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Growing UK debt puts further strain on family relationships

By OnePlusOne, 31 January 2013 Poverty, Stress

This week sees the release of The Office for National Statistics Wealth and Assets Survey; unsurprisingly the picture it paints is a somewhat gloomy one. The burden of debt on UK families is now undoubtedly a real cause for concern for couples and families, as well as those working with them in terms of both the stress it places on mental health and relationships and how best to support.

The survey examined the changes in household borrowing and related debt in the years 2006-08, when the UK entered recession, and 2008-10. It found that the average household had £3,200 debt in credit cards, overdrafts or loans as the recession took hold.

The Survey shows that just over half of households have some type of debt either on credit cards, overdrafts or fixed-term loans – mortgages were not included. The total burden of these debts rose by 10.3% between 2006-08 and 2008-10.

The survey highlighted that far from being a cavalier society with a ‘Buy Now Pay Later’ attitude, half of households surveyed felt these debts placed a huge personal burden on them.

Of course, finding that high numbers of families are feeling stressed in the current climate was to be expected. Families have seen both their incomes and means to alter their situation deteriorate over the last few years while living costs have risen. It is this combination which is putting many families under strain.

The feeling of powerlessness this places on couples has a significant impact on the quality of family relationships. Many couples are struggling to manage the combination of fear of redundancy, long working hours, strain in their relationship and a range of stress related illnesses.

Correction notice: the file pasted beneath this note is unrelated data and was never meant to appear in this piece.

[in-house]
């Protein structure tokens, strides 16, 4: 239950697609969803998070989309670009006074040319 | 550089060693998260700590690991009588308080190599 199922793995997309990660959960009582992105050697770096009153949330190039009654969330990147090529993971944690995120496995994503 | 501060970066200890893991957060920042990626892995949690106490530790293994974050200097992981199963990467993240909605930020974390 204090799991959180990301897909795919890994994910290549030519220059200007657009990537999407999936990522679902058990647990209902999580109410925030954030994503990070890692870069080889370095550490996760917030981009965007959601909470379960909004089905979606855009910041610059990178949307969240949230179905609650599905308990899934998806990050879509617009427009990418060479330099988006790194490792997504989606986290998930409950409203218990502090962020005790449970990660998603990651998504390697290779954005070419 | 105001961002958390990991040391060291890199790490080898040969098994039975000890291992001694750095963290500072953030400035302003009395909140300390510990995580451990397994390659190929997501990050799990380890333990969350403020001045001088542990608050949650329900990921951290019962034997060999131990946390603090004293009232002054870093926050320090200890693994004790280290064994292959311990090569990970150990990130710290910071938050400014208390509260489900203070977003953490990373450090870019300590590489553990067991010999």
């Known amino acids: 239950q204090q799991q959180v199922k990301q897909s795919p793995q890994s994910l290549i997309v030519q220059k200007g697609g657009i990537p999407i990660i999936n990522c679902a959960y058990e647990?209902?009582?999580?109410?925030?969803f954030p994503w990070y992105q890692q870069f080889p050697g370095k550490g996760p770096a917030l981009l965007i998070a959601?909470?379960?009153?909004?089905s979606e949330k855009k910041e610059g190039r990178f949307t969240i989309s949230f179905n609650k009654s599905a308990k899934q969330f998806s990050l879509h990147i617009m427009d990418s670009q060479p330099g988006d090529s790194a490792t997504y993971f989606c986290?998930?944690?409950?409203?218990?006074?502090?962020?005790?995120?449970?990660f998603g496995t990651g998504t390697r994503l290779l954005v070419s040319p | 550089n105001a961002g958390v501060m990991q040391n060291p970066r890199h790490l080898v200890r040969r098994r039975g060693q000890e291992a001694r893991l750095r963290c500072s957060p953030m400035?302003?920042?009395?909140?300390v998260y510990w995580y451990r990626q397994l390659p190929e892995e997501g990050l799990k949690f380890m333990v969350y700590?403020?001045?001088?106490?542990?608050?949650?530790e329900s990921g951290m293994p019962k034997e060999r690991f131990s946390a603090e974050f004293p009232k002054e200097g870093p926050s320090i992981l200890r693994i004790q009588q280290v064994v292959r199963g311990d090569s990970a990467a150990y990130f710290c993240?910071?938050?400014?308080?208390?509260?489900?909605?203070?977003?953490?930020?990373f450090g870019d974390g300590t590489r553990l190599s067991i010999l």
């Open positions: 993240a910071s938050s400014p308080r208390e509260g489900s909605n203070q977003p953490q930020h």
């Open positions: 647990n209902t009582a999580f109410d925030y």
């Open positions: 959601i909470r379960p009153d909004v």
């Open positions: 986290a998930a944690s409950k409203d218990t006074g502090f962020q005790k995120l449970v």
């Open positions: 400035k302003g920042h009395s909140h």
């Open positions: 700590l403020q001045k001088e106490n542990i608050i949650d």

Unsurprisingly the poorest households say they are most likely to feel burdened–the survey reports that these families were 13 times more likely to see their financial debt as a heavy burden than the richest households.

Most worryingly for the future of family life is that those households headed by younger people were the ones that owed the most. Married or cohabiting couples under the state pension age with no children owe an average of £5,500 compared to single parent households who owe £1,600.

With so many families experiencing these significant levels of debt and living on a reduced income, there is an impact on not being able to afford even the day-to-day essentials, let alone spare money to enjoy life or take a much needed holiday. As a result, stress, mental health and behavioural problems such as excessive drinking may increase. Consequently, arguments between couples may increase and support for each other wane, resulting in unhappier and more stressful relationships.

Moreover, children may be affected by their parents’ difficulties. Research has shown a strong link between poor parental relationships, distracted parenting, and poorer outcomes for children. Plus there are specific difficulties related to arguments regarding money which suggests that this is likely to be a problem for these children.

And when divorce and separation becomes unaffordable many couples may need to remain in the same home together, with consequences for both adults involved and the impact of these tensions on their children.

Many couples and families will continue to need additional support and advice if they are to maintain resilience and manage the wide ranging issues associated with these tough economic times. If you are a practitioner working with families affected by debt OnePlusOne would like to hear from you. How are you managing to support them, and what are you seeing in terms of the impacts on relationships?


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